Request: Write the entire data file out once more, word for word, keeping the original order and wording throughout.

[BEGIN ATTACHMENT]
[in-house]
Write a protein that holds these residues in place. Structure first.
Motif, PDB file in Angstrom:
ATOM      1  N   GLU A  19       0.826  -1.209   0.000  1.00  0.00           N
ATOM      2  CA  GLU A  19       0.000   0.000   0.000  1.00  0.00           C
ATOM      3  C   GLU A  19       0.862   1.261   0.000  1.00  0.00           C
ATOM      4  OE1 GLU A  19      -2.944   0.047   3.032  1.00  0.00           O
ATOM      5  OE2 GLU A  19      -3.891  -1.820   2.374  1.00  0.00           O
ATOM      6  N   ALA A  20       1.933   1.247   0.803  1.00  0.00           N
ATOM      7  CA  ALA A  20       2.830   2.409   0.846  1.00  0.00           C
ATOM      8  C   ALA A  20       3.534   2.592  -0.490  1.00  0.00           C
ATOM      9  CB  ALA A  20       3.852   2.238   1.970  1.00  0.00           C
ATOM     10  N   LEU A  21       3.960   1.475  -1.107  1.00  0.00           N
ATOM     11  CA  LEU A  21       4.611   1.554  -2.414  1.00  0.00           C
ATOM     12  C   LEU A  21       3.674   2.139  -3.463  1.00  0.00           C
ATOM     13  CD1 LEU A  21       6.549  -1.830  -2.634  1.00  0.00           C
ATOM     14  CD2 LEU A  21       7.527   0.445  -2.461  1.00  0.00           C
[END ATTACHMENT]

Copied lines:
[in-house]
Write a protein that holds these residues in place. Structure first.
Motif, PDB file in Angstrom:
ATOM      1  N   GLU A  19       0.826  -1.209   0.000  1.00  0.00           N
ATOM      2  CA  GLU A  19       0.000   0.000   0.000  1.00  0.00           C
ATOM      3  C   GLU A  19       0.862   1.261   0.000  1.00  0.00           C
ATOM      4  OE1 GLU A  19      -2.944   0.047   3.032  1.00  0.00           O
ATOM      5  OE2 GLU A  19      -3.891  -1.820   2.374  1.00  0.00           O
ATOM      6  N   ALA A  20       1.933   1.247   0.803  1.00  0.00           N
ATOM      7  CA  ALA A  20       2.830   2.409   0.846  1.00  0.00           C
ATOM      8  C   ALA A  20       3.534   2.592  -0.490  1.00  0.00           C
ATOM      9  CB  ALA A  20       3.852   2.238   1.970  1.00  0.00           C
ATOM     10  N   LEU A  21       3.960   1.475  -1.107  1.00  0.00           N
ATOM     11  CA  LEU A  21       4.611   1.554  -2.414  1.00  0.00           C
ATOM     12  C   LEU A  21       3.674   2.139  -3.463  1.00  0.00           C
ATOM     13  CD1 LEU A  21       6.549  -1.830  -2.634  1.00  0.00           C
ATOM     14  CD2 LEU A  21       7.527   0.445  -2.461  1.00  0.00           C